General News of Tuesday, 4 February 2014
Ghana’s former Ambassador to Japan, Dr Baffour Adjei-Bawuah says the Clergy are concerned about the plummeting value of the cedi because the situation is affecting tithes and offertory in the Church.
Dr Adjei-Bawuah told XYZ News’ Farida Khailann in an interview on Monday that the several tax increases have affected the generosity of Ghanaian Christians.
“…You raise taxes on utilities and what not, the disposable income of the average person who is going to be the final client is down and in fact, some of these Church people who have been making big noises about what is going on is that part of their problem – even though they can’t admit that publicly – is that the situation now is that the take that they have at Church has gone down”.
He said previously, when time were good, Church members gave abundantly without any prompting but the situation has now compelled them to cap their largesse.
“…I have some preachers who are friends of mine who have admitted their collection plates are not being filled as they used to”.
The cedi has already depreciated by three per cent against the major international currencies this month.
The US dollar, which sold at Ghc2.20 on the local foreign exchange market before Christmas last year, now sells at Ghc2. 60.
The British pound, which sold at Ghc3 now sells at Ghc4.20. The euro and CFA are also selling at Ghc3.50 and Ghc4.80 respectively. In 2013, the local currency suffered 17-per cent depreciation.
The year-on-year depreciation shows a 21.96 per cent depreciation of the cedi against the dollar; 28.88 per cent against the pound sterling; 23.98 per cent against the euro and 25.54 per cent against the Swiss franc.
The Bank of Ghana recently injected $20 million into critical areas of the economy as part of efforts to shore up the cedi.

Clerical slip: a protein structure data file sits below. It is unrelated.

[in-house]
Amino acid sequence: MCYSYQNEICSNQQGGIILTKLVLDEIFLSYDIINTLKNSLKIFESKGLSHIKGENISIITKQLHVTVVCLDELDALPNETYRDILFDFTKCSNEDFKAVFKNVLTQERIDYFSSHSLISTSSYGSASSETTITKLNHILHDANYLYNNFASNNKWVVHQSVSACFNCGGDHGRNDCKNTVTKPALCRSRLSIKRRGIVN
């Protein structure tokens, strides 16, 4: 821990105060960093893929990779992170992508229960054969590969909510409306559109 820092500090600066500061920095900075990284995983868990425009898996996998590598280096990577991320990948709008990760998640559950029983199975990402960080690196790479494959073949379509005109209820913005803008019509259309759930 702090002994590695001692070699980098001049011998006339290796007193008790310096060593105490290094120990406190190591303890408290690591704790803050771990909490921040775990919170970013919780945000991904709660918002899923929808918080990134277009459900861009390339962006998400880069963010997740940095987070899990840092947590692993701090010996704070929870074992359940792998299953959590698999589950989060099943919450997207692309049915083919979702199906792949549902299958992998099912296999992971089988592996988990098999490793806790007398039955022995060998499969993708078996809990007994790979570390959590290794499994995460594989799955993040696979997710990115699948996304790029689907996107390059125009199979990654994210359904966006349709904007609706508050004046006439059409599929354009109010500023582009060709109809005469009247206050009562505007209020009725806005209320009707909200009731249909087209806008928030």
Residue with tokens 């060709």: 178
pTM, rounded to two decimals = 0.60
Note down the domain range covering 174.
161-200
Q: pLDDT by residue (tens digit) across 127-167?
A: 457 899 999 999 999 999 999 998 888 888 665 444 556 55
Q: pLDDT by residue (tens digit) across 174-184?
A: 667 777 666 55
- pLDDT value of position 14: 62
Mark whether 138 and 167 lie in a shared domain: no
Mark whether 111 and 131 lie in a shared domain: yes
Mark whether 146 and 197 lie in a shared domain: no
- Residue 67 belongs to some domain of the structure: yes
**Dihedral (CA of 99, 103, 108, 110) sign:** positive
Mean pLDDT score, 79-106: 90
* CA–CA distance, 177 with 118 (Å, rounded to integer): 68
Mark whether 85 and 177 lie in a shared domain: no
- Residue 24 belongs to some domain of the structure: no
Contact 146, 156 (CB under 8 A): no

Leading his followers, in Church on Sunday to pray for the recovery of the fast depreciating local currency, the Presiding Bishop and General Overseer of the Christian Action Faith Ministries (CAFM) headquartered in the national capital, Accra, said: “…I hold up the cedi with prayer and I command the cedi to recover and I declare the cedi will not fall; it will not fall any further. I command the cedi to climb. I command the resurrection of the cedi. I command and release a miracle for the economy”.
Archbishop Duncan-Williams also led his church to pray for President John Mahama, Finance Minister Seth Tekper and Central Bank Governor Dr Henry Kofi Wampah, for divine help and guidance toward salvaging the cedi.
“In the name of Jesus, say Satan take your hands off the President; take your hands off the Central Bank and the Finance Minister. Say we release innovation for the President, my God, the Governor of the Bank of Ghana, Central Bank, in the name of Jesus Christ the son of God, the Finance Minister. Say we command new ideas, breakthroughs and a miracle for the economy. Let the cedi rise in Jesus name”, he led in prayer.
Dr Adjei-Bawuah believes Duncan-Williams’ concerns for the cedi are borne out of the hard times Ghana is going through. “Times are tight”, he said.